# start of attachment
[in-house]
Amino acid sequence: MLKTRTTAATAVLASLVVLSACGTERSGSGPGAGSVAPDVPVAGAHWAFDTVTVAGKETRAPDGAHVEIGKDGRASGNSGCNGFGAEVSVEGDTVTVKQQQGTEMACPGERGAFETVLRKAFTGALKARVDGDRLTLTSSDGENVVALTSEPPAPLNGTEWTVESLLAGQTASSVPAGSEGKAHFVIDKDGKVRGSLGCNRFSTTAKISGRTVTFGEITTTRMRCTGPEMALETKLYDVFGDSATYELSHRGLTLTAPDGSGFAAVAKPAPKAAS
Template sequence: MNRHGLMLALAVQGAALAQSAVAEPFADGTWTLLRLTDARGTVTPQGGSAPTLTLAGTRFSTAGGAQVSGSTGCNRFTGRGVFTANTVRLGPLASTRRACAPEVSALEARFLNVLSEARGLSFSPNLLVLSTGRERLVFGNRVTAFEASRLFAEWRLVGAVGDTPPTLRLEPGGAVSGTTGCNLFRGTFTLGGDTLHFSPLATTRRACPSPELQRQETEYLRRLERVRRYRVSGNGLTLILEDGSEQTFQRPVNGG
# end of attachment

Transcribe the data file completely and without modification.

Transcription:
[in-house]
Amino acid sequence: MLKTRTTAATAVLASLVVLSACGTERSGSGPGAGSVAPDVPVAGAHWAFDTVTVAGKETRAPDGAHVEIGKDGRASGNSGCNGFGAEVSVEGDTVTVKQQQGTEMACPGERGAFETVLRKAFTGALKARVDGDRLTLTSSDGENVVALTSEPPAPLNGTEWTVESLLAGQTASSVPAGSEGKAHFVIDKDGKVRGSLGCNRFSTTAKISGRTVTFGEITTTRMRCTGPEMALETKLYDVFGDSATYELSHRGLTLTAPDGSGFAAVAKPAPKAAS
Template sequence: MNRHGLMLALAVQGAALAQSAVAEPFADGTWTLLRLTDARGTVTPQGGSAPTLTLAGTRFSTAGGAQVSGSTGCNRFTGRGVFTANTVRLGPLASTRRACAPEVSALEARFLNVLSEARGLSFSPNLLVLSTGRERLVFGNRVTAFEASRLFAEWRLVGAVGDTPPTLRLEPGGAVSGTTGCNLFRGTFTLGGDTLHFSPLATTRRACPSPELQRQETEYLRRLERVRRYRVSGNGLTLILEDGSEQTFQRPVNGG